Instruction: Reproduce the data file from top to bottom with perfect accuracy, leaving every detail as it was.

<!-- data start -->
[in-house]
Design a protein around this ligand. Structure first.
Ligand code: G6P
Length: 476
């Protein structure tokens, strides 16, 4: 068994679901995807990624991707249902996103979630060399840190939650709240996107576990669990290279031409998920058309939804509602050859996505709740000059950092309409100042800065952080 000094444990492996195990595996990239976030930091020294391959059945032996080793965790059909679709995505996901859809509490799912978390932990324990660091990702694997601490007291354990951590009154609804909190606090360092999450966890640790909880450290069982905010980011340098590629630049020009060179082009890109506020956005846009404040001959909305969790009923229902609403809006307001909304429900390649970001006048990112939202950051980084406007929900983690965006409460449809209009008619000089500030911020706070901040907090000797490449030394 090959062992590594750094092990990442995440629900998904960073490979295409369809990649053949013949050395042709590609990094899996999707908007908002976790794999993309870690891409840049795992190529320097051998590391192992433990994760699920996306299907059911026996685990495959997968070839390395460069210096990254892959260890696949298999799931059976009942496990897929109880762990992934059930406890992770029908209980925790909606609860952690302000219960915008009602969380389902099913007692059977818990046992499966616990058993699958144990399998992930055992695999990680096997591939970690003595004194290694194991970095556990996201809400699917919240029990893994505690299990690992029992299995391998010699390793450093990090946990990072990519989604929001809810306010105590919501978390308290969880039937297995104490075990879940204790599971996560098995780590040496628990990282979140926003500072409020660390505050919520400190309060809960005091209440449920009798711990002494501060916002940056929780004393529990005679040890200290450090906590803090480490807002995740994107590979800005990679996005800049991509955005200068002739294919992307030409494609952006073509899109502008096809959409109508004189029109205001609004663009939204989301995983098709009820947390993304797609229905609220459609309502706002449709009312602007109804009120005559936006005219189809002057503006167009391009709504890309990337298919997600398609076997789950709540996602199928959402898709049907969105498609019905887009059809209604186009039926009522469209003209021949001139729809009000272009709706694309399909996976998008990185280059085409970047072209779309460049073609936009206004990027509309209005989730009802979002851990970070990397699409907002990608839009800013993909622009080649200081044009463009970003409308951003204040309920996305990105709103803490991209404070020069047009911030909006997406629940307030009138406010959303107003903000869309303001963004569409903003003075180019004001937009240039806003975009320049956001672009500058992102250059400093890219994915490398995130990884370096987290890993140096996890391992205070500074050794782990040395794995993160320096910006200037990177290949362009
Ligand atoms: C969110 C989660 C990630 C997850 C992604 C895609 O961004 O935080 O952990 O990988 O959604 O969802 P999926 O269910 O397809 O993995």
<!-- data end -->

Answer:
[in-house]
Design a protein around this ligand. Structure first.
Ligand code: G6P
Length: 476
């Protein structure tokens, strides 16, 4: 068994679901995807990624991707249902996103979630060399840190939650709240996107576990669990290279031409998920058309939804509602050859996505709740000059950092309409100042800065952080 000094444990492996195990595996990239976030930091020294391959059945032996080793965790059909679709995505996901859809509490799912978390932990324990660091990702694997601490007291354990951590009154609804909190606090360092999450966890640790909880450290069982905010980011340098590629630049020009060179082009890109506020956005846009404040001959909305969790009923229902609403809006307001909304429900390649970001006048990112939202950051980084406007929900983690965006409460449809209009008619000089500030911020706070901040907090000797490449030394 090959062992590594750094092990990442995440629900998904960073490979295409369809990649053949013949050395042709590609990094899996999707908007908002976790794999993309870690891409840049795992190529320097051998590391192992433990994760699920996306299907059911026996685990495959997968070839390395460069210096990254892959260890696949298999799931059976009942496990897929109880762990992934059930406890992770029908209980925790909606609860952690302000219960915008009602969380389902099913007692059977818990046992499966616990058993699958144990399998992930055992695999990680096997591939970690003595004194290694194991970095556990996201809400699917919240029990893994505690299990690992029992299995391998010699390793450093990090946990990072990519989604929001809810306010105590919501978390308290969880039937297995104490075990879940204790599971996560098995780590040496628990990282979140926003500072409020660390505050919520400190309060809960005091209440449920009798711990002494501060916002940056929780004393529990005679040890200290450090906590803090480490807002995740994107590979800005990679996005800049991509955005200068002739294919992307030409494609952006073509899109502008096809959409109508004189029109205001609004663009939204989301995983098709009820947390993304797609229905609220459609309502706002449709009312602007109804009120005559936006005219189809002057503006167009391009709504890309990337298919997600398609076997789950709540996602199928959402898709049907969105498609019905887009059809209604186009039926009522469209003209021949001139729809009000272009709706694309399909996976998008990185280059085409970047072209779309460049073609936009206004990027509309209005989730009802979002851990970070990397699409907002990608839009800013993909622009080649200081044009463009970003409308951003204040309920996305990105709103803490991209404070020069047009911030909006997406629940307030009138406010959303107003903000869309303001963004569409903003003075180019004001937009240039806003975009320049956001672009500058992102250059400093890219994915490398995130990884370096987290890993140096996890391992205070500074050794782990040395794995993160320096910006200037990177290949362009
Ligand atoms: C969110 C989660 C990630 C997850 C992604 C895609 O961004 O935080 O952990 O990988 O959604 O969802 P999926 O269910 O397809 O993995």